Bassekou Kouyate & Ngoni Ba (Live at Müpa Budapest)

 

Mogoya belongs to that substratum of African spirituality that predates the arrival of Islam or Christianity. The word encompasses the institutions and attributes that make it possible for human beings to live together in peace and harmony: the village, the extended family, the exterior ‘social’ self, the care and education of children, respect for elders and ancestors, honesty, humility, cooperation, tolerance and respect. It subsumes social principles and habits that have underpinned Mandé societies for centuries, from horonya (’nobility’), to danbé (‘dignity’) to senankouya (‘jocular inter-ethnic relationships’or the ability of someone from one ethnic group to take the mickey out of someone from another group without it leading to violence).

Pitted against mogoya are the forces of darkness and discord: the wild bush country beyond the village, the ‘interior’ private self, destructive individuality, narrow self-interest, jealousy, arrogance and greed. And above all, lust for money.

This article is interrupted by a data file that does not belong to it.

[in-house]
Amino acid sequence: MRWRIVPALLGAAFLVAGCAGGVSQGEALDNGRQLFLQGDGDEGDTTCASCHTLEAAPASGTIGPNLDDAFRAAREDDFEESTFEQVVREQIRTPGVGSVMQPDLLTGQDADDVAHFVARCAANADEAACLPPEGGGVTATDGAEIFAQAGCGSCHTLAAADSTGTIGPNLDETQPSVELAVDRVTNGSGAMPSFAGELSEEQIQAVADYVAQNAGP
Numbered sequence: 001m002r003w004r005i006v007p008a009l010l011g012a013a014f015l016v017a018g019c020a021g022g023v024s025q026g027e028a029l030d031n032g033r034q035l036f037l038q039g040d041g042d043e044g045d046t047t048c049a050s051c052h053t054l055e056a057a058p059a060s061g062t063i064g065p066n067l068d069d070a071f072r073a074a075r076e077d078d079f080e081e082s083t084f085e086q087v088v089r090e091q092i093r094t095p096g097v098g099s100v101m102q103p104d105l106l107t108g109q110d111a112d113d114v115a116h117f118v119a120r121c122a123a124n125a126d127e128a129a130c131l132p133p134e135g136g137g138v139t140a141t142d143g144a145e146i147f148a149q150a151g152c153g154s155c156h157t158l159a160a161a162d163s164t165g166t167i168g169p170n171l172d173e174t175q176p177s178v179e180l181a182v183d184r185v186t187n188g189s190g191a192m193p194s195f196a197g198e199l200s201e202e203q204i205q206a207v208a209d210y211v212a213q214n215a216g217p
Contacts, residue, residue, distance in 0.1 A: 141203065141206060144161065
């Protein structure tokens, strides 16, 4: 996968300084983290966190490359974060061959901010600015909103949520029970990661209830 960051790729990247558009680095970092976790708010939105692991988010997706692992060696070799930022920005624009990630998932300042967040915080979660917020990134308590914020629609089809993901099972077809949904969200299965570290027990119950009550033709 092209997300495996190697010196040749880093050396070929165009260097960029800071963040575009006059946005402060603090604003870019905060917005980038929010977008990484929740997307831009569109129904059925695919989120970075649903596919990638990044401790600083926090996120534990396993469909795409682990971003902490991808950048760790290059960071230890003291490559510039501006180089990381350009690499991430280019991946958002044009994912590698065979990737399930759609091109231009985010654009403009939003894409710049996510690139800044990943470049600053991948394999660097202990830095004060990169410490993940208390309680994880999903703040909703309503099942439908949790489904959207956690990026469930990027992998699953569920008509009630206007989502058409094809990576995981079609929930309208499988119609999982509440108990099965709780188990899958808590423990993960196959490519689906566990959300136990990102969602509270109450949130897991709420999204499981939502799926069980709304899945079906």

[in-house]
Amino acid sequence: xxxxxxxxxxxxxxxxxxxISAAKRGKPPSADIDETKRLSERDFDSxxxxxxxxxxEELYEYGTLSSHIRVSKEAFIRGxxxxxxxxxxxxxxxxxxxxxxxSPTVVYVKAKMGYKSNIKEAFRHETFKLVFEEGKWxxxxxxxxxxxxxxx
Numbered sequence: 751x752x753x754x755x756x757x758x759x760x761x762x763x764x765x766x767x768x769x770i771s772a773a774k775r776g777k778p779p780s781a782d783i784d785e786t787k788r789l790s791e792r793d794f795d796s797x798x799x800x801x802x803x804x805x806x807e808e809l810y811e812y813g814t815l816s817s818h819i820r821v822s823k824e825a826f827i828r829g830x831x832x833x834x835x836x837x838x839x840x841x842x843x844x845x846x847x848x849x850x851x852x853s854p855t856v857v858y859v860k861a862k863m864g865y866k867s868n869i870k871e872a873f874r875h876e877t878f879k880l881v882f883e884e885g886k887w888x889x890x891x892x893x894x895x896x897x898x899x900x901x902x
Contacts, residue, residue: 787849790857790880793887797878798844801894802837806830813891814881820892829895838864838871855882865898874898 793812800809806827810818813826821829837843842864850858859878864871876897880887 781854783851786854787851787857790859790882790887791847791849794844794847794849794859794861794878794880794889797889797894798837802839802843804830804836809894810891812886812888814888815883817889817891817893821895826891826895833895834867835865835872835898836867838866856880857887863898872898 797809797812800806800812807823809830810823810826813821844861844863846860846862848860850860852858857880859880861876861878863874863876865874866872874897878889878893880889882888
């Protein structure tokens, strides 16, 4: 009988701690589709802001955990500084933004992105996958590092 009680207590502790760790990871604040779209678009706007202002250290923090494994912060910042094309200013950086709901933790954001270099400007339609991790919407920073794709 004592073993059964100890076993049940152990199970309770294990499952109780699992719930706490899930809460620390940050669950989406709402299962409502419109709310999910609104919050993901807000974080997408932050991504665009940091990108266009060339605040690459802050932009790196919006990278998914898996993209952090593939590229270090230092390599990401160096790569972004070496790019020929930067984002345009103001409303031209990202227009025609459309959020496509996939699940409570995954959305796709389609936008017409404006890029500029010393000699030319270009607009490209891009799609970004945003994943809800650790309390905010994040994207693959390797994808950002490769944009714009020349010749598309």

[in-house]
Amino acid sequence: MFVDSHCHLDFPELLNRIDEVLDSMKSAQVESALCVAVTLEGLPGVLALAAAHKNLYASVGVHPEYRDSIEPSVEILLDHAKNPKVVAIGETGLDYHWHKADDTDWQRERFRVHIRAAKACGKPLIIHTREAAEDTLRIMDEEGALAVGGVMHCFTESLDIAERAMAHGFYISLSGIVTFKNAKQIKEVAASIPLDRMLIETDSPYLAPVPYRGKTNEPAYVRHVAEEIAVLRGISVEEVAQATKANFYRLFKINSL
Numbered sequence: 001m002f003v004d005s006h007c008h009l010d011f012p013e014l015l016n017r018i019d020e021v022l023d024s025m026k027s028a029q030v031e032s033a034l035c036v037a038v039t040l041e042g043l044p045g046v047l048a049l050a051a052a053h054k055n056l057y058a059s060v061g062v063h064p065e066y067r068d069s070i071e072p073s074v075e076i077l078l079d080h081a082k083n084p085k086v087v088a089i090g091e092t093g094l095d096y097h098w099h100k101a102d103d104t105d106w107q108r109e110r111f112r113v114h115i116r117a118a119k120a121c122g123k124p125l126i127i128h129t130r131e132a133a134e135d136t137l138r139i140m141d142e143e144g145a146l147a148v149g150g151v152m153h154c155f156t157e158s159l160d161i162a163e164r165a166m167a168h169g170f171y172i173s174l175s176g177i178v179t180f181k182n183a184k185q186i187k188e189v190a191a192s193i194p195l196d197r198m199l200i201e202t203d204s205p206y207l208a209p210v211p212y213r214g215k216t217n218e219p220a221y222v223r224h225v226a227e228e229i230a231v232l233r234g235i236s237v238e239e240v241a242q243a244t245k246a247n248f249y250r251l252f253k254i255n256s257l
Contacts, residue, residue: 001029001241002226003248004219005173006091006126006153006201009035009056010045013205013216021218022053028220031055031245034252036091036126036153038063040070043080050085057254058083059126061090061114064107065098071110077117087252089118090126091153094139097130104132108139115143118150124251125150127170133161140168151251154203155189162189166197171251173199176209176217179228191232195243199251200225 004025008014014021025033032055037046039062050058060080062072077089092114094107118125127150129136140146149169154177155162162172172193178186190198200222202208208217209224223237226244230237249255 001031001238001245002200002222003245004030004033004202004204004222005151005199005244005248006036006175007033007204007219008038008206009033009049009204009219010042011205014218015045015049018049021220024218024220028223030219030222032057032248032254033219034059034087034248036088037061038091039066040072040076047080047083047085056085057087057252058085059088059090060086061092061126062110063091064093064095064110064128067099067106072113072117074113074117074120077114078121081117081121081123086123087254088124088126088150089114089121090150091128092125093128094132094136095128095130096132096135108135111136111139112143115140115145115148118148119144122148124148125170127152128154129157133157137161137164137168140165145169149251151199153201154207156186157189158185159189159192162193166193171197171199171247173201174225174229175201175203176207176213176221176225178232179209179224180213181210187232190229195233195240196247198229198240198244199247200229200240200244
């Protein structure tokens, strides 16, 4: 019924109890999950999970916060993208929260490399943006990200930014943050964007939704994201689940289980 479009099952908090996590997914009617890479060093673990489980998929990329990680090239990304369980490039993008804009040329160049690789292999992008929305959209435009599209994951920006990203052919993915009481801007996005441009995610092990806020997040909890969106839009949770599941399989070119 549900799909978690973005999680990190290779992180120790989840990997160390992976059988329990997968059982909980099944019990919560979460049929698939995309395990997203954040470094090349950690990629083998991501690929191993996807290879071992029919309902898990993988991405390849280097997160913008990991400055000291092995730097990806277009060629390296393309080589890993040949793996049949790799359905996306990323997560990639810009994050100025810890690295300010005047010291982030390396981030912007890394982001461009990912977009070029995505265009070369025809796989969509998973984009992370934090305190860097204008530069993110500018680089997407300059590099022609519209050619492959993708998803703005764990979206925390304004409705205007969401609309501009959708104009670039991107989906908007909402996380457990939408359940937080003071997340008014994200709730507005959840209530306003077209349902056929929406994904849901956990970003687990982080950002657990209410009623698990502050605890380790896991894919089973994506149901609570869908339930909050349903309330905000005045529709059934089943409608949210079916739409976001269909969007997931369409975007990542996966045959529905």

The Bantu concept of ubuntu is almost identical to mogoya. At Nelson Mandela’s funeral, Barack Obama described ubuntu as a word that captures Mandela’s greatest gift: “his recognition that we are all bound together in ways that are invisible to the eye; that there is a oneness to humanity; that we achieve by sharing with other, and caring for those around us.” He might just as well have been talking about mogoya.